“Offered alternative source of livelihood or paid adequate grant, victims will feel assured. This is extremely important in the prevention of a hostile attitude built towards elephants which face the most animosity. Else, instances of poaching, poisoning and electrocution will only go up,” he cautions.
A wildlife warden unwilling to be identified concurs with the view. “Enhancing the grant and providing alternative means of occupation to the affected person or offering a job to one of his/her family members will be a huge solution. We had this norm for government servants getting permanently incapacitated during the service period. We only need to extend it to the victims of the human-wildlife conflicts,” he said.
Requesting anonymity, a senior forest official from the State wildlife wing also said the government needs to offer at least a Group D post to the victim in the disability grade. “This should be done immediately if the victim is young or middle-aged, a bread earner and/or have minor kids in the family. Disability grade is just as the person is unable to do normal work,” he said.
PCCF (wildlife) SK Popli said, “Compassionate grant for the injury had been revised from Rs 50,000 to Rs 1 lakh in 2014 and we have proposed the government to increase it further which is under active consideration.”Besides, skill-based training are also being carried out for communities near forest areas to create more livelihood opportunities for them, he added.
Senior officials point out that though there is no norm to offer job to such victims or any of their family members, they sometimes engage kin of the victims as watchers, protection squad members or any other forest work they could be involved with.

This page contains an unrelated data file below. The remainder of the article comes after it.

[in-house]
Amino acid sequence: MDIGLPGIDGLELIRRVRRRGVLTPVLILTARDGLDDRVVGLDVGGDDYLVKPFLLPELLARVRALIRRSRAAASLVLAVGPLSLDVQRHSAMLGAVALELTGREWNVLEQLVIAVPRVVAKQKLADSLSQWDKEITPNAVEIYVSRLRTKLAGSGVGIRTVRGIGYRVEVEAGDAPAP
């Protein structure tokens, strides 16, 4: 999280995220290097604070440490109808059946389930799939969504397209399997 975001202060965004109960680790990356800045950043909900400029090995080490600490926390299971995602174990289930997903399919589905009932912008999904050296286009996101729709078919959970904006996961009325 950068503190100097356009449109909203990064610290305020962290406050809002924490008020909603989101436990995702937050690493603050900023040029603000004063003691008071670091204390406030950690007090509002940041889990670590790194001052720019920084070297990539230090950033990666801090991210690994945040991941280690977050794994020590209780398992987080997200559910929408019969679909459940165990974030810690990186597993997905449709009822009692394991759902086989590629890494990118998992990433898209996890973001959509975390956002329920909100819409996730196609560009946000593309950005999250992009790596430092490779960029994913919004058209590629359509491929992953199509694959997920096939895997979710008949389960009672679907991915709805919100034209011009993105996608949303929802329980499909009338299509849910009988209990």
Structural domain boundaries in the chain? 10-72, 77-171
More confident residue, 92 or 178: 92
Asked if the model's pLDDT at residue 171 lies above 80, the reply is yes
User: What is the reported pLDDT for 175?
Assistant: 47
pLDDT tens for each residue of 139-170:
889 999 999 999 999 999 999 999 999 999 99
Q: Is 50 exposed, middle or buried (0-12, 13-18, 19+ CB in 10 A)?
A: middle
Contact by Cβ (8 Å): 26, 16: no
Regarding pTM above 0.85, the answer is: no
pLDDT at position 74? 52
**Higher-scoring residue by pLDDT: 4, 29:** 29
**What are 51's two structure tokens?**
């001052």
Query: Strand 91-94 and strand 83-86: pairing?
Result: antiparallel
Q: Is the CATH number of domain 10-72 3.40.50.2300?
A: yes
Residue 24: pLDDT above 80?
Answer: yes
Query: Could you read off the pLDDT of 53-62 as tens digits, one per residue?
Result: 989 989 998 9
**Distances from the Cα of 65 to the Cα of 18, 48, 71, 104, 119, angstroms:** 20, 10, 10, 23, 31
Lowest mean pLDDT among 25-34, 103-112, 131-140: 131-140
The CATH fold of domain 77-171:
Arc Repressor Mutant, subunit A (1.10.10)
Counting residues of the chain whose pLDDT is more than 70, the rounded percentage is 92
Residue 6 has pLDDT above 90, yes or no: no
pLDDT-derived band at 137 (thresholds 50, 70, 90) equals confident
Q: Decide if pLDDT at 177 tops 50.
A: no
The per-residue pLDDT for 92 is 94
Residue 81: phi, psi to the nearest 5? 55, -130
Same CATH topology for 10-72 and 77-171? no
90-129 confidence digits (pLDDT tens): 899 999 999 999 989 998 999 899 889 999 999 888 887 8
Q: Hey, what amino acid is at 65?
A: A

“We will explore how we could extend need-based skill training to the victims to support their livelihood. Besides, the proposal to hike the compensation for permanent disability is expected to be increased significantly to support the victim and their family members financially,” a senior IFS officer said.
Odisha one of the worst in man-elephant conflict
Despite efforts of the state government, Odisha continues to remain one of the worst state in terms of human-elephant conflict. Statistics suggest, out of over 1,570 human deaths reported due to elephant attacks in the country in the last three years between 2019-20 and 2021-22, Odisha has reported the highest 322 followed by 291 in Jharkhand, 240 in West Bengal, 229 in Assam, 183 in Chhattisgarh and 152 in Tamil Nadu.
The state also recorded the second highest elephant deaths due to electrocution in this period. Out of a total of 198 such deaths in the country, Odisha has reported 30 while Assam tops with 36 jumbo electrocutions. The state has also reported at least eight elephant deaths in a train accident between 2019-20 and 2021-22.